March 5, 2013
According to engineer Jim Kor’s vision of the car-manufacturing future, 3D printing will play an important, even dominant role. Kor has engineered the Urbee 2, which could revolutionize parts manufacturing while creating an industry of small-batch automakers hoping to challenge the status quo. Kor’s goal for Urbee is to maximize miles per gallon with lightweight construction based on 3D printing.
“As the Urbee shows, making a car with this technology has a slew of beneficial side effects,” reports Wired. “The designers were able to focus more on the optimal automobile physics, rather than working to install a hyper efficient motor in a heavy steel-body automobile.”
Kor and his team at Kor Ecologic built the three-wheel, two-passenger vehicle. “The printers he uses create ABS plastic via Fused Deposition Modeling (FDM),” explains the article. “The printer sprays molten polymer to build the chassis layer by microscopic layer until it arrives at the complete object.”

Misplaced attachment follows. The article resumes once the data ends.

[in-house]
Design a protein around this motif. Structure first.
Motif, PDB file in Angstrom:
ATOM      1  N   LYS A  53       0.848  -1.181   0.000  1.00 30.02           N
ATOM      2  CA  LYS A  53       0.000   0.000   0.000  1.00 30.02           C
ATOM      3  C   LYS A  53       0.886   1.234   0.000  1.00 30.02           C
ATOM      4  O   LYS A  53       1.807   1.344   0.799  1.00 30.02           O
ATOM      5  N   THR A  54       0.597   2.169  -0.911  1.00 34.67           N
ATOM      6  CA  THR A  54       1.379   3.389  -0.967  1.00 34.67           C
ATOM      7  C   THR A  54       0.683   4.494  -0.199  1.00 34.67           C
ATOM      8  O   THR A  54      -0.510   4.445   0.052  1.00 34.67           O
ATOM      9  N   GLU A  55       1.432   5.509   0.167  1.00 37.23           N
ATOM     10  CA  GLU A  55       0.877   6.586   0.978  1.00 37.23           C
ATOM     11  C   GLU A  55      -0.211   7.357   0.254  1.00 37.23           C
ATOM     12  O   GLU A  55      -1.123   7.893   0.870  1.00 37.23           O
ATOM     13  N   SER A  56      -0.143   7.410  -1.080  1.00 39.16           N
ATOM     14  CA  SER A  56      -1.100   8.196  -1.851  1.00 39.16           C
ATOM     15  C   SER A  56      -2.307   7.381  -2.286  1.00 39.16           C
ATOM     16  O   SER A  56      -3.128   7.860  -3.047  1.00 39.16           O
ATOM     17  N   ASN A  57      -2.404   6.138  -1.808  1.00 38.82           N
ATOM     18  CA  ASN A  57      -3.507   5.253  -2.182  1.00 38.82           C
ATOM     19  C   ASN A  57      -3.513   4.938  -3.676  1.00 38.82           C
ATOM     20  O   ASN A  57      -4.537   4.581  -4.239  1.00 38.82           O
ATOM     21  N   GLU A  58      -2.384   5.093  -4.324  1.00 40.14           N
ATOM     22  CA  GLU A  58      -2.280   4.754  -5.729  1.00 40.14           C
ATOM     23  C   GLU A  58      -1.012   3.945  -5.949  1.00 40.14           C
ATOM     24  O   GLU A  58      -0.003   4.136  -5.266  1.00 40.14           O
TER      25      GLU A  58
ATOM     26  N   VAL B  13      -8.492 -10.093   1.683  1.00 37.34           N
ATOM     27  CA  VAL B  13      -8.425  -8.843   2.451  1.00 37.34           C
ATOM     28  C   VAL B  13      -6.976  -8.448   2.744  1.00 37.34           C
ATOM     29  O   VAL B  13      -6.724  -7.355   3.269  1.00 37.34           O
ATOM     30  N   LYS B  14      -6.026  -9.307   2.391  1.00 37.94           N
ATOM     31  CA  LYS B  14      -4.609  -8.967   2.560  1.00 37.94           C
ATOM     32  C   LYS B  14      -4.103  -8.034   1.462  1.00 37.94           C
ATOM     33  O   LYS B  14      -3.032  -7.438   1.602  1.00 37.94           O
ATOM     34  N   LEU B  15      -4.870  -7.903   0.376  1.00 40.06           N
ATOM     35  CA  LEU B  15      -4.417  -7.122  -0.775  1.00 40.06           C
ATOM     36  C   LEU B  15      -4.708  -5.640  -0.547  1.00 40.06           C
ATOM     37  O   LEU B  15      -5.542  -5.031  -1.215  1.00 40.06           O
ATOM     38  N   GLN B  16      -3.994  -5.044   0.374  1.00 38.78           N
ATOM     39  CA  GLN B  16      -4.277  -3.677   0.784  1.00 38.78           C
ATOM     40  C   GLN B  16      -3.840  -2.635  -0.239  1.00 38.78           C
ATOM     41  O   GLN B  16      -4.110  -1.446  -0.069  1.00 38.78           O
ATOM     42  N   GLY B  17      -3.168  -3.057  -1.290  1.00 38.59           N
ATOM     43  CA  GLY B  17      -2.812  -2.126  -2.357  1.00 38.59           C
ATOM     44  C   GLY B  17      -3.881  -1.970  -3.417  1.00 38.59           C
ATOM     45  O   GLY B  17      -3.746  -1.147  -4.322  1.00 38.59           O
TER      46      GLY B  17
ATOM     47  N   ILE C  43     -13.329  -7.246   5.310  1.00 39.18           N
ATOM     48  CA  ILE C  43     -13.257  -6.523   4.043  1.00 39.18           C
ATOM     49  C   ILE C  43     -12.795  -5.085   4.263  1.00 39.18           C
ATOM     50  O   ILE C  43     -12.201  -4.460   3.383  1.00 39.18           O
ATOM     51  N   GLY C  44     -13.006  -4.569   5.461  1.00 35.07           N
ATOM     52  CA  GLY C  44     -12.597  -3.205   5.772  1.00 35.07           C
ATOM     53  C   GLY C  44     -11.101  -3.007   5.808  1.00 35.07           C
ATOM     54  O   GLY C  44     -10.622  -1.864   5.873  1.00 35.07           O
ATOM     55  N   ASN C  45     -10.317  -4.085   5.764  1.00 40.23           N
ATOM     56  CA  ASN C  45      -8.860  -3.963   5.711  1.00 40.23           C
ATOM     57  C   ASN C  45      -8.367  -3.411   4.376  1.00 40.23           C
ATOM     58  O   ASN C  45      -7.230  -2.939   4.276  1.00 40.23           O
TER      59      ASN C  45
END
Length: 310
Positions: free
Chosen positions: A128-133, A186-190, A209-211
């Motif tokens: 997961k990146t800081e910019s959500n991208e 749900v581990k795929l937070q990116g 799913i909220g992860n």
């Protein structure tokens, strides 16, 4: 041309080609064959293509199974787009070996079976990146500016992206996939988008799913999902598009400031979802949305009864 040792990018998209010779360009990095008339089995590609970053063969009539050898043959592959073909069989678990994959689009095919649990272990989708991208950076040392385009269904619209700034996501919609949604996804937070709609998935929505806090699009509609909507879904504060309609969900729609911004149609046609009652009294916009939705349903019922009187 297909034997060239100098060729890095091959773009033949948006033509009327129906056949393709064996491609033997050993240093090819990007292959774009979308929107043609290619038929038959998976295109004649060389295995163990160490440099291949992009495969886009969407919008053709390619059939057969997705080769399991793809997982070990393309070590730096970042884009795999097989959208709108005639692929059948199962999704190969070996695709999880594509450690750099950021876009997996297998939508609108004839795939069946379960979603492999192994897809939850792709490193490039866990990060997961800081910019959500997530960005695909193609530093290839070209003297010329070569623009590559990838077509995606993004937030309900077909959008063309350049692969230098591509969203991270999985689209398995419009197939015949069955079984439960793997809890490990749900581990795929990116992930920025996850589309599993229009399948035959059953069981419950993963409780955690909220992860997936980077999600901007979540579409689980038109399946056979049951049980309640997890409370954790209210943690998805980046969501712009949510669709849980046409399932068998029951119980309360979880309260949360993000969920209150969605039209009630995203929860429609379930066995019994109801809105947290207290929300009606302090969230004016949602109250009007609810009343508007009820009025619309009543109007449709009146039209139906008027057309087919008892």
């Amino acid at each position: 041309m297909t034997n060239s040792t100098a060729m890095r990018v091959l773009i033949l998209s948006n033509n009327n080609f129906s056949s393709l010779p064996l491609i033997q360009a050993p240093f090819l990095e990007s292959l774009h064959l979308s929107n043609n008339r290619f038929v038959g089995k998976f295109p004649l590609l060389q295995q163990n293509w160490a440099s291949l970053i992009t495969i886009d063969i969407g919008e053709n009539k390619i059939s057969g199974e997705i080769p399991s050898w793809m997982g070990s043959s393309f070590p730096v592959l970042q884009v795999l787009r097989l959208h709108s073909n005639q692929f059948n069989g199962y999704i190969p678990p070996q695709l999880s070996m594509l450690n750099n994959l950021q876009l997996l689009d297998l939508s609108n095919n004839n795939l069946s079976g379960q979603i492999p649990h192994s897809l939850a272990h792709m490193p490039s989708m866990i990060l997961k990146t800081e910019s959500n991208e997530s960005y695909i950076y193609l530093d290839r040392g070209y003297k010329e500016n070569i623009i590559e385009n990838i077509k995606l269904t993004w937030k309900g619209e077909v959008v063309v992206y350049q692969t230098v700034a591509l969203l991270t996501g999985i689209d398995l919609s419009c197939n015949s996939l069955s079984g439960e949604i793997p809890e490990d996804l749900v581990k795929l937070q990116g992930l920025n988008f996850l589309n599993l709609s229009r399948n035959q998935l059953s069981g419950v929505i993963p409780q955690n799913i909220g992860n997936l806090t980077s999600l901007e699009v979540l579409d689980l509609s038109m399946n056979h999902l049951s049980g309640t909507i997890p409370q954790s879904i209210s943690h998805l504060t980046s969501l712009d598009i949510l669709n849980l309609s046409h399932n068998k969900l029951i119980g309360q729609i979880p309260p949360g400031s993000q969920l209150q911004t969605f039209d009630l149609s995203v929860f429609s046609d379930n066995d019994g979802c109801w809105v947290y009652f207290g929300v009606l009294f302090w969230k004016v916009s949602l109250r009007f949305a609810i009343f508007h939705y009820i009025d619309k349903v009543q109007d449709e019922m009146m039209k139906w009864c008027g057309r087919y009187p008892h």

“The machines are so automated that the building process they perform is known as ‘lights out’ construction, meaning Kor uploads the design for a bumper, walks away, shuts off the lights and leaves. A few hundred hours later, he’s got a bumper. The whole car — which is about 10 feet long — takes about 2,500 hours.”
“The thesis we’re following is to take small parts from a big car and make them single large pieces,” Kor explains. “By using one piece instead of many, the car loses weight and gets reduced rolling resistance, and with fewer spaces between parts, the Urbee ends up being exceptionally aerodynamic.”
Kor has already taken in 14 orders for the Urbee, mainly from those who’ve worked on the project with him (the prototype cost around $50,000). “When the funding comes in, the head engineer is planning to take the latest prototype from San Francisco to New York on 10 gallons of gas, preferably pure ethanol. The hope is that the drive will draw even more interest,” writes Wired.
“We’re trying to prove without dispute that we did this drive with existing traffic,” Kor says. “We’re hoping to make it in Google [Maps’] time, and we want to have the Guinness book of world records involved.”